Working with acclaimed art director Suzanne Caplan Merwanji (whose work in Farhan Akhtar’s film Dil Chahta Hai gave Hindi cinema, a new design template) in the capacity of a photographer, Meenal Agarwal never really thought she would get sucked into the world of creating multi-dimensional cinematic contexts. Contexts where stories can live, breathe and unfold for a limited period of time as they are being filmed but then are imprinted forever on celluloid memory. But soon enough Meenal fell heart first into production design.
Cinephiles will remember the cluttered apartment she created for Mixed Doubles (2006), husband Rajat Kapoor’s funny and slightly disturbing take on marital ennui. Her more recent work in Rajat’s Ankhon Dekhi and Yashraj’s clutter-breaking production Dum Lagake Haisha, has offered wonderful insights into lives that don’t smell of varnish.
In these films, using steel trunks, peeling walls, faded bed covers, mismatched cushions, masala jars beaten into discoloured shapelessness by time and a million little touches, Meenal sensitised the mainstream audience to the importance of production design that does not seem designed.
In Dum Lagake Haisha, she recreated the nineties with a recording shop and a home that took millions of viewers back to their youth in small towns and in rooms where not a jot of design consciousness could survive the jumble of middle-class existence, where collections of cassettes gathered dust in built-in shelves.
Meenal when asked to describe how she got it so right, says, “I always react instinctively to a story. To be able to visualise a time that is gone comes naturally to someone like me who was born in the 70s. The 80s and the 90s in a way were rich with cognitive references as well. A lot of memories that existed somewhere in my sub-conscious mind surfaced during the recce I did for the film. The research I do is always around how and where people live. How they keep their homes… the clutter that exists in nooks and corners. Money plant in a bottle. A grandfather’s clock. And what I can only describe as rubbish. Rubbish that lies on tables, on shelves. Bits and bobs that haven’t been moved for years. They tell you more about a person than things that are dusted and in order. Of course, a lot of nostalgia and emotions attached to the 90s went into the design as well.”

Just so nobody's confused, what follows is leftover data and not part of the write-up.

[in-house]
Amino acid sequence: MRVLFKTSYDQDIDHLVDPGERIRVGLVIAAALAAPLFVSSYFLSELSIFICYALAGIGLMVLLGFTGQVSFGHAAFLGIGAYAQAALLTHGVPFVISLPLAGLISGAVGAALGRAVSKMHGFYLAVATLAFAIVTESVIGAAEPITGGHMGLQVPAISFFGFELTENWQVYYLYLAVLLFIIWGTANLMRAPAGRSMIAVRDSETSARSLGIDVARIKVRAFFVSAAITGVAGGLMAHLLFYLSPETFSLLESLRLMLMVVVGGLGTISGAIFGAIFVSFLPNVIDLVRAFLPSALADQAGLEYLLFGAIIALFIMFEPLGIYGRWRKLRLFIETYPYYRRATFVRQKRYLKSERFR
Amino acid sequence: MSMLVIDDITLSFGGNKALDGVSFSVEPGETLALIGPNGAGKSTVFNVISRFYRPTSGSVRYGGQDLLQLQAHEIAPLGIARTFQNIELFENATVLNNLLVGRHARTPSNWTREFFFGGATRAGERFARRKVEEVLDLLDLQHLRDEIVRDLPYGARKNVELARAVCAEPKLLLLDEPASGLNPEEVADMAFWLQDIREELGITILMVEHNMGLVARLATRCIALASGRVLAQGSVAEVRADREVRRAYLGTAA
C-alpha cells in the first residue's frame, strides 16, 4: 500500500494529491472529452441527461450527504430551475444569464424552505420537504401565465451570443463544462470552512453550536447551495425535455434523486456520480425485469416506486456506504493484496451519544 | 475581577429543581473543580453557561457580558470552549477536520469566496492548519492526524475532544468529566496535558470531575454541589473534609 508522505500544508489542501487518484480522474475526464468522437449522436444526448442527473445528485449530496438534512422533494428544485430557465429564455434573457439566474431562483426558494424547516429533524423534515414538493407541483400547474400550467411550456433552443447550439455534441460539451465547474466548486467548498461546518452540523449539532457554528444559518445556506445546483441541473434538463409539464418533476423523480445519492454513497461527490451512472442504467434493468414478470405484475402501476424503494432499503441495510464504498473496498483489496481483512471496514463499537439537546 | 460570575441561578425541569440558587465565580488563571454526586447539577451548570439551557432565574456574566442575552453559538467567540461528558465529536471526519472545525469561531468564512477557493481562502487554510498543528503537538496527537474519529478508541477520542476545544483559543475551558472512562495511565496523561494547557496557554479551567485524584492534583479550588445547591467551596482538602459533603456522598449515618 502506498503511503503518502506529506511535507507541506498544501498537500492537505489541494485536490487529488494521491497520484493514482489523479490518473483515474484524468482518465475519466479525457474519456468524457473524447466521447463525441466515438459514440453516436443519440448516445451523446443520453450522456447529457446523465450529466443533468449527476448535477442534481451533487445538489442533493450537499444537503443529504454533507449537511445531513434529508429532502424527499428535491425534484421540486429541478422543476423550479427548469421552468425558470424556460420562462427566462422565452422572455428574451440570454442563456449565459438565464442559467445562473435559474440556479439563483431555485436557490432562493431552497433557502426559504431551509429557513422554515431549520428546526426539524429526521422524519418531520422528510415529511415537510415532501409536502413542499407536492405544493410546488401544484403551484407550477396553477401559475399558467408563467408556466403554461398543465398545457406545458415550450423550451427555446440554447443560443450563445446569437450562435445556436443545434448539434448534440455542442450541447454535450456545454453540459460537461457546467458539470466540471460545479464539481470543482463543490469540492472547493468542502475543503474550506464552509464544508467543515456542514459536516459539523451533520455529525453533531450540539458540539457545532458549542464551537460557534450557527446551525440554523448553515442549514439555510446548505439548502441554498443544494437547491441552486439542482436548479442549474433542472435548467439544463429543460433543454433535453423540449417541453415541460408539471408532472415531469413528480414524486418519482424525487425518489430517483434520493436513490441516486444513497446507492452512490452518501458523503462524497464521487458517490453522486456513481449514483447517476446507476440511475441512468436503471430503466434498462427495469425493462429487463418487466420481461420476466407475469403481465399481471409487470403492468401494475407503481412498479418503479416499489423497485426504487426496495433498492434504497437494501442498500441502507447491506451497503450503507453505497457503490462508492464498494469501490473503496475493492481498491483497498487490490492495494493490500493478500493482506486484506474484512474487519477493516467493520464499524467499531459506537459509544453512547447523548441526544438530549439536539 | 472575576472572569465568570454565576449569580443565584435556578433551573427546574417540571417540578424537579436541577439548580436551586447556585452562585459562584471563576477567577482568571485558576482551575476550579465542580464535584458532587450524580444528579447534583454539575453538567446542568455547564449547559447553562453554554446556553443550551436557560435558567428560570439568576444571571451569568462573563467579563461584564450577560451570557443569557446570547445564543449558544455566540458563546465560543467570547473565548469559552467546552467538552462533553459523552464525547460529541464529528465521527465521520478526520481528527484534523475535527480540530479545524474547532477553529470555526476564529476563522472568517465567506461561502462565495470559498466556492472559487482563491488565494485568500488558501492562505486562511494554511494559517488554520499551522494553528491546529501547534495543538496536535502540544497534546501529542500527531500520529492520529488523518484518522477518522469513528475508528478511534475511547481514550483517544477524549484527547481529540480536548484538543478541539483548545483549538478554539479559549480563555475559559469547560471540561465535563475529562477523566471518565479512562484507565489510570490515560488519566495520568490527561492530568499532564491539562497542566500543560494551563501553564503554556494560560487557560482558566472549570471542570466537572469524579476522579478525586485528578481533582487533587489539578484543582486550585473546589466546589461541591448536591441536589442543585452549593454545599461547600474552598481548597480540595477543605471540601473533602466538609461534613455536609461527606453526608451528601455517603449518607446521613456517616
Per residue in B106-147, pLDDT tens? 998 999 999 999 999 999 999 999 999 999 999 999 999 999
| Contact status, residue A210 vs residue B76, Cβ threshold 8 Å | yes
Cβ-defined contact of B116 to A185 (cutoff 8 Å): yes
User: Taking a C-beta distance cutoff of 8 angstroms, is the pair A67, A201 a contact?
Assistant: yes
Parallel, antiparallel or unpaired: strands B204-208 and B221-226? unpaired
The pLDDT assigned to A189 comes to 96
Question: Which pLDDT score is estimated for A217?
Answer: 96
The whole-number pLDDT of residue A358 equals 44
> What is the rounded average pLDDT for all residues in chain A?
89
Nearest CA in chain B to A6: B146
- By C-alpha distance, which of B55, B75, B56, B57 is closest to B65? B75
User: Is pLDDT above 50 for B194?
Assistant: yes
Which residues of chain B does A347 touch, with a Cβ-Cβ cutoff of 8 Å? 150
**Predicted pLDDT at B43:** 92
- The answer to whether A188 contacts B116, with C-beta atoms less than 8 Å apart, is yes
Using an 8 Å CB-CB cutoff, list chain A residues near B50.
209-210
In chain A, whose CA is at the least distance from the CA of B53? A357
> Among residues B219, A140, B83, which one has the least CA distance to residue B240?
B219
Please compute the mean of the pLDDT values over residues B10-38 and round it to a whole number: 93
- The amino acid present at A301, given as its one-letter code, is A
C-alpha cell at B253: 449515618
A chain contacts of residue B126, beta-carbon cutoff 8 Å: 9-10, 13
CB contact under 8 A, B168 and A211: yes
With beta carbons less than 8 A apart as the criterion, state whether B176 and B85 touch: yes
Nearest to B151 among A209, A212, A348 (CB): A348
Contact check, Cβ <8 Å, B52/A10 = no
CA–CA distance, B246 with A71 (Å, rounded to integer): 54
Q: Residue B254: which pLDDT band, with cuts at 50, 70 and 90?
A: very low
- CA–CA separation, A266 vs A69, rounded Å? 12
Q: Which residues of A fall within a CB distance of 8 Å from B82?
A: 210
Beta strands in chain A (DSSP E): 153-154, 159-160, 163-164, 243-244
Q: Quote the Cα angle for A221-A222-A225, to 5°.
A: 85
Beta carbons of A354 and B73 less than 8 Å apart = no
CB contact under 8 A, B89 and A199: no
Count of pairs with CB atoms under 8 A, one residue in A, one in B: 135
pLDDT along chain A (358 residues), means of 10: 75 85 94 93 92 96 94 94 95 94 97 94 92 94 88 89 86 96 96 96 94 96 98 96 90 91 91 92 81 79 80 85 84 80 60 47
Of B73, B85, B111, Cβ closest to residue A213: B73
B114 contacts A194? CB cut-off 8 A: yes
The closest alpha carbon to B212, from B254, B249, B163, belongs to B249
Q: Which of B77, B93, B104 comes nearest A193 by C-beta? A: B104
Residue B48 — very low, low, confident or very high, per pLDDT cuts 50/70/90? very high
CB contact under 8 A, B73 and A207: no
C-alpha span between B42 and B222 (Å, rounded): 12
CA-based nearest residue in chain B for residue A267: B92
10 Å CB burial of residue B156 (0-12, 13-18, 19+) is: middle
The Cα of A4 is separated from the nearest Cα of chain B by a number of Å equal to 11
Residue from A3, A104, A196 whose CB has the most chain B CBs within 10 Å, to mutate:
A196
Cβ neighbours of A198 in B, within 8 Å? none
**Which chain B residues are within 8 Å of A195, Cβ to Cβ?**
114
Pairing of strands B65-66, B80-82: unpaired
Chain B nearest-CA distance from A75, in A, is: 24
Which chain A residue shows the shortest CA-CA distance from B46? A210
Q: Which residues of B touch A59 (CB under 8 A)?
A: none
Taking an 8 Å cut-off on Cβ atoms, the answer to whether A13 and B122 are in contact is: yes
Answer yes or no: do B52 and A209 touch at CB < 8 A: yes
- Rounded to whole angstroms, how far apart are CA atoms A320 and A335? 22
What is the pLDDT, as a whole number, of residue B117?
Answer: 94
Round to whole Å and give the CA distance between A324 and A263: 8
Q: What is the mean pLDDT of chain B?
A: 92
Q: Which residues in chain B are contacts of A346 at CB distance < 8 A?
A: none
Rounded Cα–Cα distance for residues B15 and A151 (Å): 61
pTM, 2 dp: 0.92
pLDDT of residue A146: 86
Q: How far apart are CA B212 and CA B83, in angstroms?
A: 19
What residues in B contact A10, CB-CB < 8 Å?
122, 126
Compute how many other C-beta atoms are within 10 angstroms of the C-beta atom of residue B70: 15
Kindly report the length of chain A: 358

Designers, she says, are like Peeping Toms. “Every time I visit a home, I’m looking for stories or things that tell a story,” she says. And adds, “When I am asked for references or how I am going to design a space, I cannot describe the process because it all comes together at a strange level. It begins with me identifying with the story, the character and then I create an environment that the actor can identify with, that he or she can use in the performance because performers need things to work with.”
Working for Ankhon Dekhi was like working not with props but life. So the cramped, damp house streaked with occasional sunlight was for all practical purposes, real. So were the masalas in the jars and the clothing left out to dry.
And working with Rajat, her husband, is always ‘nice’ because, “There is absolute and implicit trust between us. Whenever he writes something, I read it and give my feedback as an objective reader. Not just me, his entire team rallies around him and has been with him for years. I work with all of them and it becomes a totally collaborative journey for all of us.”
Meenal hopes to some day work for a film like Terrence Malick’s Tree of Life and also admires Mukund Gupta’s work for Habib Faisal’s films and Vandana Kataria’s work for Dibakar Banerjee’s films.
She says, “Designing for a film is like working with a blank canvas. And giving a dimension and perspective to a story. I have fun with the process. I enjoy texturing stuff, creating a milieu for a character, be it for cinema or ads but I really want to do a glossy film now.”
But knowing her, even gloss in her will not just be skin deep.
with The New Indian Express Reema Moudgil works for The New Indian Express, Bangalore, is the author of Perfect Eight, the editor of Chicken Soup for the Soul-Indian Women, an artist, a former RJ and a mother. She dreams of a cottage of her own that opens to a garden and where she can write more books, paint, listen to music and just be silent with her cats